Three young Clarkson graduates seeking to break into the highly competitive video games industry
are doing it the hard way. They have founded their own games company and funded it from their collective savings, rather than bank loans or venture capital.
Even so, they start with an edge over much of their competition; the prototype version of their first game, Snapshot, was nominated in 2009 for the prestigious Excellence in Design award at the Independent Games Festival. “It’s hard to get your game noticed, especially if you are a small independent game developer,” says Peter Jones ’08, co-founder of the group’s company, Retro Affect. “The Festival gave us a really good launch pad.”
The trio has been immersed in video games since childhood. Kyle Pulver ’08 began playing video games when he was two. By age 12, he had created one of his own. David Carrigg ’07 learned to read from video games instruction manuals. After college, he turned down a lucrative offer from IBM, opting instead for an uncertain future in the video game industry. And Jones sees things in everyday life that might serve as the raw ingredients for future video games. One of his nightmares provided the grist
All three are steeped in the technology that underlies today’s sophisticated video games. Carrigg graduated with a degree in computer science. Pulver and Jones each earned a degree in the Digital Arts & Sciences (DA&S) program. Clarkson’s DA&S program was the nation’s first to demand that its graduates be proficient at both the artistic skills and the computer skills needed in film-making, advertising and video games.
“Our skills are complementary,” says Jones. “When Kyle and I did the prototype for Snapshot, Kyle took care of the science side, I took care of the art. When we wanted to make it a bigger game, the science was beyond either of us. That’s when Dave joined up. While there’s some overlap, each of us
has skills that the others don’t.”
“Now we’re talking about how to get 3-D models on the screen,” says Carrigg. “Instead of trying to make something look like a rock, we’re trying to make it look like a rock with water on it, where light bounces off just as it does in real life.” The challenge is to translate the complex artistic vision onto the screen, and that takes the kind of advanced technical skills that Carrigg brings to Retro Affect. “My role,” he says, “is to open the doors for Peter and Kyle to do whatever they want by solving the technical problems.”
In the past, Retro Affect’s chances in an industry dominated by Sony (PlayStation), Nintendo (Wii), and Microsoft (Xbox) might have been poor. But the arrival of high-speed computers and advanced software at bargain prices leveled the playing field for upstart game companies, just as it has for book publishing and recording. Anyone can write a book on their computer and sell it online, and any independent band can bypass the record labels and sell through the Internet.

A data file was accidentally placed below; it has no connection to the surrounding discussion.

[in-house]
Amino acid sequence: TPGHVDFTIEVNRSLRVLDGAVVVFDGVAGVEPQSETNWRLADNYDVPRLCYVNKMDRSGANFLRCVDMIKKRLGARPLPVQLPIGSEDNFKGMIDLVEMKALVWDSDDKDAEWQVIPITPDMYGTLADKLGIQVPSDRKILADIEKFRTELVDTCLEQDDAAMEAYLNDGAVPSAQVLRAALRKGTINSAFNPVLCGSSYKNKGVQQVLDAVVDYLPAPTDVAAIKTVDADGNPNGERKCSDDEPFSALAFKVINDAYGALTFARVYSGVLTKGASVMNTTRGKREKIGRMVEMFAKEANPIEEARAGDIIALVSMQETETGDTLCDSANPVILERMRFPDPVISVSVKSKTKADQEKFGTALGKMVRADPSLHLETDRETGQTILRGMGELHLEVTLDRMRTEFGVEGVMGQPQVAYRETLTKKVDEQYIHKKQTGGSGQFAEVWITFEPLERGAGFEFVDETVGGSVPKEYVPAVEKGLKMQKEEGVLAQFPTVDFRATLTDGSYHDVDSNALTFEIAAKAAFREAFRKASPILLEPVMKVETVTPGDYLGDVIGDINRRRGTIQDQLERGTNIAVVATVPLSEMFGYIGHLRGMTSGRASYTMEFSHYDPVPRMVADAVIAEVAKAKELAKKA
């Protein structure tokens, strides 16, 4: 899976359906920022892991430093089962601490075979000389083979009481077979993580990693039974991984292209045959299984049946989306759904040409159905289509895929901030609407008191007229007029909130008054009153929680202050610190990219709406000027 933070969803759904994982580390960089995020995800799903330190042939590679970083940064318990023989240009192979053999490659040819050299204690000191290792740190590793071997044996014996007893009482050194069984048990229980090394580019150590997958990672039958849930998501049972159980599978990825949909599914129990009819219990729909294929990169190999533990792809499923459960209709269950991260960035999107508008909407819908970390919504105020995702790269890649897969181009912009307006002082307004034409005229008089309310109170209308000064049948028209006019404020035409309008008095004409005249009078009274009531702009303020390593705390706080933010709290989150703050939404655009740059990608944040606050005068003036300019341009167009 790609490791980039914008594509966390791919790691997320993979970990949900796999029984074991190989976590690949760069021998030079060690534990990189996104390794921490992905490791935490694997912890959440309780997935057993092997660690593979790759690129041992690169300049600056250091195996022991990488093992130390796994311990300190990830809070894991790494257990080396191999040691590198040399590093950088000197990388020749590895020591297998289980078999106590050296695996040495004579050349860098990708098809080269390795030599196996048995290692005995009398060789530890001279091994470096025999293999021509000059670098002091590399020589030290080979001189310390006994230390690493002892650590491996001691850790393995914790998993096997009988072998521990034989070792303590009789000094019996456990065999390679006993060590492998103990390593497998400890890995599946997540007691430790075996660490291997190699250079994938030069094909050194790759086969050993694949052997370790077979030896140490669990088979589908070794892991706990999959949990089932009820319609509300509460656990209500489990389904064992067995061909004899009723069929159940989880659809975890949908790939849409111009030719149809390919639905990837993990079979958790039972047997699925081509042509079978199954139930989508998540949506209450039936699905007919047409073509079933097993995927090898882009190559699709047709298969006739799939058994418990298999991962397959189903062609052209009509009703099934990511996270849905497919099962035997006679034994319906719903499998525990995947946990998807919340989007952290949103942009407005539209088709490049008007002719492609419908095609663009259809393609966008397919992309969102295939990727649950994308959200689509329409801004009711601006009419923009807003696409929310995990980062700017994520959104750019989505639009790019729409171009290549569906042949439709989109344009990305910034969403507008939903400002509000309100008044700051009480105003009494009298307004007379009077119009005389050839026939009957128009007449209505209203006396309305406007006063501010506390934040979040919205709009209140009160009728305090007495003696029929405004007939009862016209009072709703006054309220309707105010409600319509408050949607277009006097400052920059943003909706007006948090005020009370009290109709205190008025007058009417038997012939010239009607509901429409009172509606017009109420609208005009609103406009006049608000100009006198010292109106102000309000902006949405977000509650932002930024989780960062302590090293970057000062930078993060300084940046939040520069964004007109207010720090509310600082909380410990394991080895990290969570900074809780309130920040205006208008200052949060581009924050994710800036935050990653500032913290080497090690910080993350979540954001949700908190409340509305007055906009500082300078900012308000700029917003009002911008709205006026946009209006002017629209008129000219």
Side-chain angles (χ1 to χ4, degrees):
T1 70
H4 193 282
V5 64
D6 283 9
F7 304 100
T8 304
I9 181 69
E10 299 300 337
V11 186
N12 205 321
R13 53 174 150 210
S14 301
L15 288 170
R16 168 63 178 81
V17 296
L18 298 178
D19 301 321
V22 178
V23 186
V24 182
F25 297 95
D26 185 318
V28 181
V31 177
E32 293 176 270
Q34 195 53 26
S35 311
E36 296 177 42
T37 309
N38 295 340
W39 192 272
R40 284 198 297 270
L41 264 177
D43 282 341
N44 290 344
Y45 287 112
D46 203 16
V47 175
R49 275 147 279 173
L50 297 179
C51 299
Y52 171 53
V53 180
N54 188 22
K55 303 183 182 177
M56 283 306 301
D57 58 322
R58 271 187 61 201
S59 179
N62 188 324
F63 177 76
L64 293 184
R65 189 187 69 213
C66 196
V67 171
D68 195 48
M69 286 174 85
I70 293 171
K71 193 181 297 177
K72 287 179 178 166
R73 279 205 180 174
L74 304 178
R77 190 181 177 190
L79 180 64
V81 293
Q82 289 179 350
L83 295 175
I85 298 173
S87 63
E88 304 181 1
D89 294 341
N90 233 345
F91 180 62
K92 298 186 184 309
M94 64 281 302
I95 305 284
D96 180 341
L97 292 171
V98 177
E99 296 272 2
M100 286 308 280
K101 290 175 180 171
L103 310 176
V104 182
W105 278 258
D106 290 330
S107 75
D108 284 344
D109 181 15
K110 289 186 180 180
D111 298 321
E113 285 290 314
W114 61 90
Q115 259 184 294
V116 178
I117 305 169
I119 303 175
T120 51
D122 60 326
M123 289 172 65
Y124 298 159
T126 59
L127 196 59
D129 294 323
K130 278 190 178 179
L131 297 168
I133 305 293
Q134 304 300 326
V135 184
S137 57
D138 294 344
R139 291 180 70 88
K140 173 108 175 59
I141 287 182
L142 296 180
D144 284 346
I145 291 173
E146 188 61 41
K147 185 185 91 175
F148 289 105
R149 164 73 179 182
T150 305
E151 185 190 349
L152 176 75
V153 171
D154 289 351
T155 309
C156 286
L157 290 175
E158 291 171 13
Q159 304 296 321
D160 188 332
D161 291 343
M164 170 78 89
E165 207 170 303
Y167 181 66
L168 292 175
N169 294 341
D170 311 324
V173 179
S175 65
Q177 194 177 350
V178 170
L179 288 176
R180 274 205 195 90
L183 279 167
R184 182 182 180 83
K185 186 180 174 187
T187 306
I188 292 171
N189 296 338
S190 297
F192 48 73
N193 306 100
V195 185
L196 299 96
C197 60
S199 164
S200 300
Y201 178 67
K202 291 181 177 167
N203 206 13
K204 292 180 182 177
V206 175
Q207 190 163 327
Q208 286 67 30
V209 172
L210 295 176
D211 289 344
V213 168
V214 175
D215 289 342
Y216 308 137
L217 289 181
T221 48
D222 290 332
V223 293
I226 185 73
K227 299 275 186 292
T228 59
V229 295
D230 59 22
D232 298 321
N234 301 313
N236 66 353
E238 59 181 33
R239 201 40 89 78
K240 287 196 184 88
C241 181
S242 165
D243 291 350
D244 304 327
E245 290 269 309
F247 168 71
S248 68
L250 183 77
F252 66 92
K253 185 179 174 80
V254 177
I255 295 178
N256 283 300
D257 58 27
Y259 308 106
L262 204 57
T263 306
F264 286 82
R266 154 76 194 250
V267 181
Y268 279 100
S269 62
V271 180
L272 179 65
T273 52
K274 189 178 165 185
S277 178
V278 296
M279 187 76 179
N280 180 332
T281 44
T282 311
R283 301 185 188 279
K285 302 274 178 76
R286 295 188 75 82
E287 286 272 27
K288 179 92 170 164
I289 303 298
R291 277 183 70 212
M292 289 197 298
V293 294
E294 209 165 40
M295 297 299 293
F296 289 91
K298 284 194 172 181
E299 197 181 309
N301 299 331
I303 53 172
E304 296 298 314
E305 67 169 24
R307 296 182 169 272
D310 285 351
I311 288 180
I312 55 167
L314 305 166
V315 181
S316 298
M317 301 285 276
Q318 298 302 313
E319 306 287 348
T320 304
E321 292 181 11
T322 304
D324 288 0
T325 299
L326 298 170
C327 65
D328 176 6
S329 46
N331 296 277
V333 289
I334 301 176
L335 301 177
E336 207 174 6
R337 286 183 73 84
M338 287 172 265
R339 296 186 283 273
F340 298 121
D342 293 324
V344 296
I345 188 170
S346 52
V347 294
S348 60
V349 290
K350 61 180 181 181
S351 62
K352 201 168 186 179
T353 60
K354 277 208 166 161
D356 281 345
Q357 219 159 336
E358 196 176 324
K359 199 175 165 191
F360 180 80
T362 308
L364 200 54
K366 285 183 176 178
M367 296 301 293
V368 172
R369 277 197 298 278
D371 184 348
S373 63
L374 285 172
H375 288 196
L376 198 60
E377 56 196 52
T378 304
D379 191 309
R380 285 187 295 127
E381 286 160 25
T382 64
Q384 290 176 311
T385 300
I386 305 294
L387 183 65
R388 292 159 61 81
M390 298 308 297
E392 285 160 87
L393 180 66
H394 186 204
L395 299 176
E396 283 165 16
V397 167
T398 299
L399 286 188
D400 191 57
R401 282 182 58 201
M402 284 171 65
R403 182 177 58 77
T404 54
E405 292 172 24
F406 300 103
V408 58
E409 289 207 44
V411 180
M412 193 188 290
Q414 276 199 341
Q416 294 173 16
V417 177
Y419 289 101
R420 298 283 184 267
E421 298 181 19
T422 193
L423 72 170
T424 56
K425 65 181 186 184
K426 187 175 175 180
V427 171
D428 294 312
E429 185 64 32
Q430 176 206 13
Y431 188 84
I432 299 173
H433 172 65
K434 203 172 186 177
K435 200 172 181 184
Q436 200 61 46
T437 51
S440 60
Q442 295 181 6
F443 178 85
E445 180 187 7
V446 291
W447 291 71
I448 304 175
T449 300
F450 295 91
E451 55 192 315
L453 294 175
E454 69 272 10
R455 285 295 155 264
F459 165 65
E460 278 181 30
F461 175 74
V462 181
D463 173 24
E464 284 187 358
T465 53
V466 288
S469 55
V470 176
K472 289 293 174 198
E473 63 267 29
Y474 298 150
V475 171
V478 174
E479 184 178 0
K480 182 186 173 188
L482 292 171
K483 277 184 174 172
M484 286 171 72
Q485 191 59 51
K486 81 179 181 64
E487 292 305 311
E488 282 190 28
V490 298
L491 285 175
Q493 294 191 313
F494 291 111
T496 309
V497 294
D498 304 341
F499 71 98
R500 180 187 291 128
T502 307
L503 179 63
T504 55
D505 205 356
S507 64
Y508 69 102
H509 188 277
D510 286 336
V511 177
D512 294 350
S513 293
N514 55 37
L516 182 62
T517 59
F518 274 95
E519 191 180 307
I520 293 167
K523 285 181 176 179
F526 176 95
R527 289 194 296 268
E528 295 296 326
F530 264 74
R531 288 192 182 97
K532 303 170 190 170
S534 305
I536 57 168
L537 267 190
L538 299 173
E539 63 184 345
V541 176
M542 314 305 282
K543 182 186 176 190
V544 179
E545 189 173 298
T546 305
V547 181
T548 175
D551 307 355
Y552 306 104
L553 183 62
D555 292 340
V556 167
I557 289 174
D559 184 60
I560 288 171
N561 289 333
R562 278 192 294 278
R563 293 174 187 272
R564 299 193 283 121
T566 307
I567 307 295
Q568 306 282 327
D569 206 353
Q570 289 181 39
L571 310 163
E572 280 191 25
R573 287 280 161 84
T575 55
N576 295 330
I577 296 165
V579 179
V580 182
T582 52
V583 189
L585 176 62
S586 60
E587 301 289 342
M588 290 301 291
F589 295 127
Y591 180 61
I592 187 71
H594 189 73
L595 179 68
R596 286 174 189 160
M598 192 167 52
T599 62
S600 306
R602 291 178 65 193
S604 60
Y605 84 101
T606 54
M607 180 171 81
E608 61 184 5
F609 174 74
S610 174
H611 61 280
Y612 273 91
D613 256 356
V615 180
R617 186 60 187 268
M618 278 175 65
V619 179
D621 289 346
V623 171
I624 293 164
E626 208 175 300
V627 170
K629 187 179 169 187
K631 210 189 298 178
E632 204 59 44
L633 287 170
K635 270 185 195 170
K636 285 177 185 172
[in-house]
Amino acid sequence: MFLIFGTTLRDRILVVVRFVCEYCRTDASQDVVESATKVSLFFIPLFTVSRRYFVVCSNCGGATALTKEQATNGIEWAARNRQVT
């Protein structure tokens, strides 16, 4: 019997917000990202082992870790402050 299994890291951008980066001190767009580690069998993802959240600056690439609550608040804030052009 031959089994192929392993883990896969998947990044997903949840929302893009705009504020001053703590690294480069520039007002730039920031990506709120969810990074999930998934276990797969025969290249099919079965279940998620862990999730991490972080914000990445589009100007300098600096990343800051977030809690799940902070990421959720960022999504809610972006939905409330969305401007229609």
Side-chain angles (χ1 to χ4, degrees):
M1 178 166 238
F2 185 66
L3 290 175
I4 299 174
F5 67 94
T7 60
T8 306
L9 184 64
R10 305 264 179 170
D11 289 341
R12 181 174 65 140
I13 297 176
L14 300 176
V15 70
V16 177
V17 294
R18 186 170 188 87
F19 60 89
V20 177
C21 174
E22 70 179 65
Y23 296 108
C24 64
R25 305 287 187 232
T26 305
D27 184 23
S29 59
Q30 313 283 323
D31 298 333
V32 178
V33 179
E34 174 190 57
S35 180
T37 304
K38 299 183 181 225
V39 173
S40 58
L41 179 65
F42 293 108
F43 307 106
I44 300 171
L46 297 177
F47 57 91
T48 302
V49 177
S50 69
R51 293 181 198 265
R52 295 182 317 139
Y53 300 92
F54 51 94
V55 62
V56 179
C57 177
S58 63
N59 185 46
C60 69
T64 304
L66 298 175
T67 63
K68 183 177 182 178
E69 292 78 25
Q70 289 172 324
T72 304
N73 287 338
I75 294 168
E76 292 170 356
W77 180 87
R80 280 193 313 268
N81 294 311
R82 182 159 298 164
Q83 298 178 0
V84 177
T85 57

The scenario is similar for independent game companies. “Making a game is really easy compared to what it used to be,” says Pulver. “There’s lots of software out there. This will encourage more people to take a role in the game industry, rather than just playing the games.”
In this new world, big outfits such as Sony still offer their own games. But for a fee, they also serve as distributors for games produced by small concerns like Retro Affect. Ownership of the games and the profits remain with the independents. “It’s a symbiotic relationship,” says Jones. “The big players don’t have to spend money on the game’s development. And we don’t have to spend money on distribution and advertising.”
In the end, the trio won’t be a cog in a big company that uses hundreds of employees to design a new game, nor will they have sold their rights to outside money men. If they hit it big, they will reap the rewards and the credit.
“I didn’t want to spend two or three years making a really cool product, and then have the product associated not with me, but with the investor who financed it,” says Carrigg. “It’s my company. I’m not just another salaried employee. And I want to make this the best game I possibly can, because it’s my game.”
Next time you’re at a movie that uses computer-generated images, think of the digital picture on the screen as the product of two things. One is the blend of image, sound and movement that you’ve paid for. The other is the sophisticated mathematics and computer coding that made these effects possible. The latter doesn’t show up on screen, but without them the screen would be blank.
Clarkson recognized the importance of both components in 2005 when it created the nation’s first digital arts program requiring majors to master both the artistic and scientific sides of digital imagery. The new program gives the University’s graduates an edge when they compete for a job in the digital media industry — one section of the economy that’s still growing.
In 2010, the International Digital and Media Arts Association named Clarkson’s program North America’s most innovative digital media training ground. Clarkson won over 700 other programs.
“Our program is unique because we demand that students utilize both sides of the brain,” said Dave Beck, director of Digital Arts & Sciences. “After four years, they find that they are better artists and better scientists.”
The idea of merging art and science at Clarkson was conceived by Peter Turner, now dean of Clarkson’s School of Arts & Sciences, after he heard an official from Pixar Animation Studios say that mathematics made possible the company’s stunning animation.
“The only reason movies such as Avatar can exist is because of science and art working together,” said Beck. “Without the computer engineering and the math, our students can’t get onto the screen what they have in their heads.”
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